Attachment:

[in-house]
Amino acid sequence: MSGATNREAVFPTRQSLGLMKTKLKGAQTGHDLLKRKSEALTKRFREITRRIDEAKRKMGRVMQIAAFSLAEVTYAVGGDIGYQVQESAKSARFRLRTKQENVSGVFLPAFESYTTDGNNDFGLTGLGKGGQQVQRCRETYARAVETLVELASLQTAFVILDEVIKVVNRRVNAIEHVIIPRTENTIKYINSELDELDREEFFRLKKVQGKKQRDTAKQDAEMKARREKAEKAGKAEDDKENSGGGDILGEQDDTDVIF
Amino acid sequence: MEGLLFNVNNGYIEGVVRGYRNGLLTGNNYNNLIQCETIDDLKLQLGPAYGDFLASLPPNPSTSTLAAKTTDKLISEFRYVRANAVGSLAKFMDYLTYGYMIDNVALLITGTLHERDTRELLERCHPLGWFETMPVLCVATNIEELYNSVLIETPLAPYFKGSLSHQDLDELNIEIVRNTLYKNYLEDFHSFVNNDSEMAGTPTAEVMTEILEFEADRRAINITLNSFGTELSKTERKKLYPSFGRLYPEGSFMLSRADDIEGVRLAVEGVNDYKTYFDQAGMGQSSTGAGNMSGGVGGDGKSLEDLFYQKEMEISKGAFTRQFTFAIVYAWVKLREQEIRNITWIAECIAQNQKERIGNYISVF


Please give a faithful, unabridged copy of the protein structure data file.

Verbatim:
[in-house]
Amino acid sequence: MSGATNREAVFPTRQSLGLMKTKLKGAQTGHDLLKRKSEALTKRFREITRRIDEAKRKMGRVMQIAAFSLAEVTYAVGGDIGYQVQESAKSARFRLRTKQENVSGVFLPAFESYTTDGNNDFGLTGLGKGGQQVQRCRETYARAVETLVELASLQTAFVILDEVIKVVNRRVNAIEHVIIPRTENTIKYINSELDELDREEFFRLKKVQGKKQRDTAKQDAEMKARREKAEKAGKAEDDKENSGGGDILGEQDDTDVIF
Amino acid sequence: MEGLLFNVNNGYIEGVVRGYRNGLLTGNNYNNLIQCETIDDLKLQLGPAYGDFLASLPPNPSTSTLAAKTTDKLISEFRYVRANAVGSLAKFMDYLTYGYMIDNVALLITGTLHERDTRELLERCHPLGWFETMPVLCVATNIEELYNSVLIETPLAPYFKGSLSHQDLDELNIEIVRNTLYKNYLEDFHSFVNNDSEMAGTPTAEVMTEILEFEADRRAINITLNSFGTELSKTERKKLYPSFGRLYPEGSFMLSRADDIEGVRLAVEGVNDYKTYFDQAGMGQSSTGAGNMSGGVGGDGKSLEDLFYQKEMEISKGAFTRQFTFAIVYAWVKLREQEIRNITWIAECIAQNQKERIGNYISVF